Robert Holcot

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Robert Holcot, OP, [1] (c.1290-1349) was an English Dominican scholastic philosopher, theologian and influential Biblical scholar. He was born in Holcot, Northamptonshire. A follower of William of Ockham, he was nicknamed the Doctor firmus et indefatigabilis. He made important contributions to semantics, the debate over God’s knowledge of future contingents, discussions of predestination, grace, and merit, and philosophical theology more generally.[2]

Modern interest in Holcot has been limited. His influence in the late Middle Ages, however, was clearly great, as is evidenced by the number of fourteenth- and fifteenth-century manuscripts of his work that have survived. For example, there exist 48 manuscripts of Holcot’s questions on the Sentences (compared to 36 manuscripts of William of Ockham’s Sentences commentary). [3] More impressive are the 175 manuscripts of his commentary on the Book of Wisdom (Lectiones super librum Sapientiae), [4] a work that has been identified as a prime literary source for Chaucer's Nun's Priest's Tale.[5] Holcot was still read in the sixteenth-century when the Parisian theologian, Jacques Almain, wrote a work engaging Holcot's opinions. The commentary on the Book of Wisdom was printed in 1480, and, subsequently, went through many editions. An edition of the questions on the Sentences was printed at Lyon in 1497, although it contained a cover letter stating that the manuscripts used to produce this edition were disorderly and unreliable. Unfortunately, this remains the only edition of Holcot’s Sentences available today. [6]

See also[edit]


References[edit]

  1. ^ Holgot, Holkot, Holcott, Robertus or Ropertus, Robertus Haldecotus
  2. ^ Thomas Williams, ‘Transmission and Translation’, in AS McGrade, ed, The Cambridge Companion to Medieval Philosophy, (Cambridge: CUP, 2003), p337.
  3. ^ Thomas Williams, ‘Transmission and Translation’, in AS McGrade, ed, The Cambridge Companion to Medieval Philosophy, (Cambridge: CUP, 2003), p337.
  4. ^ Thomas Williams, ‘Transmission and Translation’, in AS McGrade, ed, The Cambridge Companion to Medieval Philosophy, (Cambridge: CUP, 2003), p337.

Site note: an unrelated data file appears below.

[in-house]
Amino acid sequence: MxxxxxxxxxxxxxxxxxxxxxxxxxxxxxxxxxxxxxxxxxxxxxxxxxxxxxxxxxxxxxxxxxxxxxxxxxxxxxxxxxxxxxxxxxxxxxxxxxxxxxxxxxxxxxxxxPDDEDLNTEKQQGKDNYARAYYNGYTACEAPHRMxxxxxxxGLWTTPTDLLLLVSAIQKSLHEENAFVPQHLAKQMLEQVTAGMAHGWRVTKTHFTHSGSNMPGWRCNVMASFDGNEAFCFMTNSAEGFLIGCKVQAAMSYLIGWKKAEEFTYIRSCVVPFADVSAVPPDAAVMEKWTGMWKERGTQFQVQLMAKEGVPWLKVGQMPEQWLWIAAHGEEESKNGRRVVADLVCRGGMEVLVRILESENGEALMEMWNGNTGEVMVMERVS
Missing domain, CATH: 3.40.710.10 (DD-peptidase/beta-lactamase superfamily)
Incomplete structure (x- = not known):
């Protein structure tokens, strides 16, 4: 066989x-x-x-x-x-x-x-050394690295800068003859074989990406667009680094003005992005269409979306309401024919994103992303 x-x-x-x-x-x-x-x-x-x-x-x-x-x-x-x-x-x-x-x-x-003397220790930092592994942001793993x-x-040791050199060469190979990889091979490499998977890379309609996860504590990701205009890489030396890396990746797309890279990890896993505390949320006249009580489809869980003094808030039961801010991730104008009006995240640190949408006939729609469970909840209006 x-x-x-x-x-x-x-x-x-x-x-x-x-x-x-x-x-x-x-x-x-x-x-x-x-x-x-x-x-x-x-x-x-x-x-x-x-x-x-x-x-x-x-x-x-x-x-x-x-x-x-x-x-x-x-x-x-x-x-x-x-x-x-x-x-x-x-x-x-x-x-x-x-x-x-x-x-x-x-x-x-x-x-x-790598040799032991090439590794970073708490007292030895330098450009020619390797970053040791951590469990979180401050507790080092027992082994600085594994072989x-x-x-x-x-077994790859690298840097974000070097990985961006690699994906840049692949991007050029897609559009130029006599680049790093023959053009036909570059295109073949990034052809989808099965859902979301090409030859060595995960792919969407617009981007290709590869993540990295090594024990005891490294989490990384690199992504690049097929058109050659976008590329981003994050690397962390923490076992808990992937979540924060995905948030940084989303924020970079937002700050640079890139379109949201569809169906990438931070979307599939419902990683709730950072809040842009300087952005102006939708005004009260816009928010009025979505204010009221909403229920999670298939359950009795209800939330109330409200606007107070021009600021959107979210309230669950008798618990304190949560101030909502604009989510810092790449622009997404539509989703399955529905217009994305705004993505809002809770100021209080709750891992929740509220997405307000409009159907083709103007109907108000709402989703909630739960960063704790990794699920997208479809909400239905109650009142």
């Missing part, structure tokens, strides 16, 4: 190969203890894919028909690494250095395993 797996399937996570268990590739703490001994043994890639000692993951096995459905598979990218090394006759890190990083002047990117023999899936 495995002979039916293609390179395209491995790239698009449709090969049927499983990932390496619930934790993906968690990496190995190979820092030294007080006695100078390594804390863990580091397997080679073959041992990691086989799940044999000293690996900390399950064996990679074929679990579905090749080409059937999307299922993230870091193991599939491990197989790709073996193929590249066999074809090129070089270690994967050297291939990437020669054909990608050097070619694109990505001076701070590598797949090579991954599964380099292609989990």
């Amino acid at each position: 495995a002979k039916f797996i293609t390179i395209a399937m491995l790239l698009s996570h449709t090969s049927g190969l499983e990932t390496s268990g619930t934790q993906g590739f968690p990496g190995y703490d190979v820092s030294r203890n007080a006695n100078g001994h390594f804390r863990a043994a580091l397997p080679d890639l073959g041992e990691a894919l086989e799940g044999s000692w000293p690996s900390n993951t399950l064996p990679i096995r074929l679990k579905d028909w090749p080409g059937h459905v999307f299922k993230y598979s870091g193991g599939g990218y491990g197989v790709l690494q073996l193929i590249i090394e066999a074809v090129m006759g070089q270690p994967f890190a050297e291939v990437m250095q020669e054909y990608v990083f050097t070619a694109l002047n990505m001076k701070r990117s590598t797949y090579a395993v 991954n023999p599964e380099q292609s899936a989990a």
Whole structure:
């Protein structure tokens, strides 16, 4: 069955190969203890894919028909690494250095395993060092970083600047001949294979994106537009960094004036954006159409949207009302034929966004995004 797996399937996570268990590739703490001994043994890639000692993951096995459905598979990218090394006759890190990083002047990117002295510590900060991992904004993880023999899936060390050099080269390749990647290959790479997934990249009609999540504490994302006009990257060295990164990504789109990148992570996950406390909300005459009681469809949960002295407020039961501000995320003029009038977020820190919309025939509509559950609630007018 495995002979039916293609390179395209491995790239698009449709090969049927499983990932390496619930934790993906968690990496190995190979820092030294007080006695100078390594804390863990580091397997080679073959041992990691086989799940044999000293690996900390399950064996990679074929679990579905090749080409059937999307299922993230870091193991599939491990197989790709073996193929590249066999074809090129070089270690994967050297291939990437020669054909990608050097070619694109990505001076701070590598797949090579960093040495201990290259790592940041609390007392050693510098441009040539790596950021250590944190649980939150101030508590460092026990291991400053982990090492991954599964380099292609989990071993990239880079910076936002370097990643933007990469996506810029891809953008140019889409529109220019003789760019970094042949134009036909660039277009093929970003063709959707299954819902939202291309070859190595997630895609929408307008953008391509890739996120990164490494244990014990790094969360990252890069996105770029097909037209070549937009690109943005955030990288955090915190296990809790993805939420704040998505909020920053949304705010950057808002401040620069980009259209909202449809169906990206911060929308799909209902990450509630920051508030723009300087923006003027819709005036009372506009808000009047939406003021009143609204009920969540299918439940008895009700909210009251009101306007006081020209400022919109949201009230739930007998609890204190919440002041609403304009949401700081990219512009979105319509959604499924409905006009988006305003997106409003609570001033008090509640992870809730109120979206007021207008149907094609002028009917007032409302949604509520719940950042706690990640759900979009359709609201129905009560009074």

5. ^ See [1] and references given there.
  6. ^ Thomas Williams, ‘Transmission and Translation’, in AS McGrade, ed, The Cambridge Companion to Medieval Philosophy, (Cambridge: CUP, 2003), p337.

Further reading[edit]

  • Super sapientiam Salomonis. Konrad Winters, Köln nicht nach 1476 digital
  • Robert Holcot, Exploring the Boundaries of Reason: Three Questions on the Nature of God, edited by Hester Goodenough Gelber, Toronto: Pontifical Institute of Mediaeval Studies, 1983.
  • P Streveler and K Tachau, eds, Seeing the Future Clearly: Questions on Future Contingents by Robert Holcot, (Toronto, 1995).
  • L Kennedy, The Philosophy of Robert Holcot, Fourteenth-Century Skeptic, (Lewiston, NY, 1993).
  • Fritz Hoffman, Die Theologische Methode des Oxforder Dominikanerlehrers Robert Holcot, Münster: Aschendorff, 1972.
  • Paolo Molteni, Roberto Holcot, O.P.: Dottrina della Grazia e della Giustificazione, Pinerolo: Alzani, 1968.
  • Heiko Oberman, The Harvest of Medieval Theology: Gabriel Biel and Late Medieval Nominalism, Grand Rapids, MI: Baker Academic, 2001.
  • Heiko Oberman, 'Facientibus quod in se est Deus non denegat Gratiam: Robert Holcot, O.P. and the Beginnings of Luther's Theology', Harvard Theological Review, Vol. 55, No. 4 (Oct., 1962), pp. 317–342
  • Thomas Williams, 'Transmission and Translation', in AS McGrade, ed, The Cambridge Companion to Medieval Philosophy, (Cambridge: CUP, 2003)

Further reading[edit]

John L. Farthing (1988), Thomas Aquinas and Gabriel Biel: Images of St. Thomas Aquinas in German Nominalism on the Eve of the Reformation, Durham, NC: Duke.

External links[edit]